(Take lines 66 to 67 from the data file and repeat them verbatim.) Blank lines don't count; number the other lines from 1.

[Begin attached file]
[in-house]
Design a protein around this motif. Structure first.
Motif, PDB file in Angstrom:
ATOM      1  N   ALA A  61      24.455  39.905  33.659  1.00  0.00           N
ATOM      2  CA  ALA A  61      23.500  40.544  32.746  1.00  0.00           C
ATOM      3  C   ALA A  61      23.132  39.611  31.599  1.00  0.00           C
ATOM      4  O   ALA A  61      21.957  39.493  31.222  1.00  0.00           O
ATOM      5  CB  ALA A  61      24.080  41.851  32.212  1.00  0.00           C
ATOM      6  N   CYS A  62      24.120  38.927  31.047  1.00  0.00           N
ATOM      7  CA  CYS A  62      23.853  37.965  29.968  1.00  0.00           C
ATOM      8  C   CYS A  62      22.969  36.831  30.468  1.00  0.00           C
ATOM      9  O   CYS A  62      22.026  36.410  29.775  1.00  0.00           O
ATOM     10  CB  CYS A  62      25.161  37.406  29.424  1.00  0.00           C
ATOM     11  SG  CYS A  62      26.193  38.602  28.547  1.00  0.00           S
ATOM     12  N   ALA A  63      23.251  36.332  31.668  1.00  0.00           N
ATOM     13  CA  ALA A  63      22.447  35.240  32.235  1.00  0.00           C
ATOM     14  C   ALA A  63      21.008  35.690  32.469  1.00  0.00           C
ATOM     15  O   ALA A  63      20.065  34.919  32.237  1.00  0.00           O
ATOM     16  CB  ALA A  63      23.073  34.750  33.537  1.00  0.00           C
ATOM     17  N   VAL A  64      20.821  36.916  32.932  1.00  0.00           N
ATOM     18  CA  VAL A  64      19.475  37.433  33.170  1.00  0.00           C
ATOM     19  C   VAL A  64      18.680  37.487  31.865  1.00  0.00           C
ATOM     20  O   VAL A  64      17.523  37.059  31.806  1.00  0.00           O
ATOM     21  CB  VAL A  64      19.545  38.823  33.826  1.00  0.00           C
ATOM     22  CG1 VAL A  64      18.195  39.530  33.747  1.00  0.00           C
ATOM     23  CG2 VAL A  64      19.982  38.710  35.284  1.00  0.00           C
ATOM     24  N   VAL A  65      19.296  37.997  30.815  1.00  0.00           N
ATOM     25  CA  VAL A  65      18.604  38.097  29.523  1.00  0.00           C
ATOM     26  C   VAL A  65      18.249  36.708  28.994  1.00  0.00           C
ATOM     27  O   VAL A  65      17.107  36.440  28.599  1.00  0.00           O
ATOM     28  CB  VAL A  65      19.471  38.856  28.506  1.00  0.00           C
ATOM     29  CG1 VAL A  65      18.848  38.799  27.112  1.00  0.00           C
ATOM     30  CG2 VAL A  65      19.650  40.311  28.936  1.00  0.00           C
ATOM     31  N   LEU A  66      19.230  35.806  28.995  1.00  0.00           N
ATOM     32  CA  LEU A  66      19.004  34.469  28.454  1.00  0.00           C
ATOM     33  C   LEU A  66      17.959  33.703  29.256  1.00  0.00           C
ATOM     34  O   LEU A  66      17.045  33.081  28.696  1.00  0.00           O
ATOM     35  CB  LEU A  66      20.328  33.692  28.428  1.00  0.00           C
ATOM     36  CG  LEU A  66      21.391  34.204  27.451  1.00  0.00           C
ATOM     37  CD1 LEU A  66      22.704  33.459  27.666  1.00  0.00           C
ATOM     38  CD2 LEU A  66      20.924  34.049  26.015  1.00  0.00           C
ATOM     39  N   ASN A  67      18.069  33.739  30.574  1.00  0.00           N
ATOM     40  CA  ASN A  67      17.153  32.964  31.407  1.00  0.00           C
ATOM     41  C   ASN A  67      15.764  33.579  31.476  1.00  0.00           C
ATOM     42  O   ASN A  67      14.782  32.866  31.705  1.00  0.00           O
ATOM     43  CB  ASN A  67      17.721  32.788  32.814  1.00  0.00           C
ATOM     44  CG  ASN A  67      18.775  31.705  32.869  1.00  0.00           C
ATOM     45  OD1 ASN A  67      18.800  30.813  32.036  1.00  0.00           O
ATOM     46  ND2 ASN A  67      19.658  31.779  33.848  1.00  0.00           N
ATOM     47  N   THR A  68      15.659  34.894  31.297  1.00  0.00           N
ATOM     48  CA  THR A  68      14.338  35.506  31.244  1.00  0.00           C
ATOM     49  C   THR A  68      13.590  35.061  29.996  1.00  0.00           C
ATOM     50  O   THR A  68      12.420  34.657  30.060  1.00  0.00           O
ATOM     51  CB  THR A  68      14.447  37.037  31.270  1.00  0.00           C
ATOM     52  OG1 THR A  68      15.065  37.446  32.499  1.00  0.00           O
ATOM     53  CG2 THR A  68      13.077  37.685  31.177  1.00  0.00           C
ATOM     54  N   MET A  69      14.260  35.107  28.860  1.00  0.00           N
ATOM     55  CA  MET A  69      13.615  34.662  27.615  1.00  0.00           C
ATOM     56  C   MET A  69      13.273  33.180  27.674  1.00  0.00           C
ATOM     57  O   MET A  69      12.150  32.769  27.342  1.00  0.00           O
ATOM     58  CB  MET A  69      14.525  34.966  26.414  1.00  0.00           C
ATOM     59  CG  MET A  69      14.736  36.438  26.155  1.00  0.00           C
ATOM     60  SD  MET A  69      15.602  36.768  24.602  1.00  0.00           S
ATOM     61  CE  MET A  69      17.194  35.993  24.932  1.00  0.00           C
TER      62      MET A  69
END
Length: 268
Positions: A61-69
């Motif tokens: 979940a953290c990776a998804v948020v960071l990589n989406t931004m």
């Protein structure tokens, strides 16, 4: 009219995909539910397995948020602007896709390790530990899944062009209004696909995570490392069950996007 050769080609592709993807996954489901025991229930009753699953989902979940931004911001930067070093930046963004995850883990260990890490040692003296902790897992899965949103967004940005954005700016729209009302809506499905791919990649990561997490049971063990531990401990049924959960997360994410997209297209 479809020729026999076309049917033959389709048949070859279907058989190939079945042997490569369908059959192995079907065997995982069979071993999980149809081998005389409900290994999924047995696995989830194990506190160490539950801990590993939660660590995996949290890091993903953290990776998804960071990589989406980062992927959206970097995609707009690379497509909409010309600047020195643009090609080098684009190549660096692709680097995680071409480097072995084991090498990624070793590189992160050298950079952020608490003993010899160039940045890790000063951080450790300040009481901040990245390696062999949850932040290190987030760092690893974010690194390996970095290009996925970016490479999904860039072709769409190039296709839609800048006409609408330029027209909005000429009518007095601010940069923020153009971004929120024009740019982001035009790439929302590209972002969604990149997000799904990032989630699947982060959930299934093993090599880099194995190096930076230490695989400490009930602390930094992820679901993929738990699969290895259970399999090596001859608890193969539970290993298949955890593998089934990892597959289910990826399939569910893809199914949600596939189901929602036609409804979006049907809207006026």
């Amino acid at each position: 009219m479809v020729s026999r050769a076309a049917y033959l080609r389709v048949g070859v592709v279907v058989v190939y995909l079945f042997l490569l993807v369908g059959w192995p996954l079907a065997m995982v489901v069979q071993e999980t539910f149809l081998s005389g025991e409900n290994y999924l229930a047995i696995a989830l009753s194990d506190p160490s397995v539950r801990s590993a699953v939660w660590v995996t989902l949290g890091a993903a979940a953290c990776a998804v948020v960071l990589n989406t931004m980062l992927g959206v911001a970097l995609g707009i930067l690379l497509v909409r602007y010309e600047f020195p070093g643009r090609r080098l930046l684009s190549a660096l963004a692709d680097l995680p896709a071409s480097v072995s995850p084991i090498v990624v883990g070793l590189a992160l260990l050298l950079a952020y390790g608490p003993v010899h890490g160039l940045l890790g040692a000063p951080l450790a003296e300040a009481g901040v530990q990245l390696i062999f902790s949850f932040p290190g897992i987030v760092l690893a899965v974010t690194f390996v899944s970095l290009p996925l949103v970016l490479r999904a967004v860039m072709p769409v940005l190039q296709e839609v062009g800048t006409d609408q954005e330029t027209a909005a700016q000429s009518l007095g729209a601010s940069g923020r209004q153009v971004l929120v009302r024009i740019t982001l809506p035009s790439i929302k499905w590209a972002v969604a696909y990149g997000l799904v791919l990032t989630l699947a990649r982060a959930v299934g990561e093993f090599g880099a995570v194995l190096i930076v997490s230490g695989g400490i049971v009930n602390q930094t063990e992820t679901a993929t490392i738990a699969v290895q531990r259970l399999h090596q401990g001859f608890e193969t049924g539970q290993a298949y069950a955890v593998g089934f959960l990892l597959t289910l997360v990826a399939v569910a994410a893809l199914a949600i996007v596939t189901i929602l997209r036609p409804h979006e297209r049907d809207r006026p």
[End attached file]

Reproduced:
END
Length: 268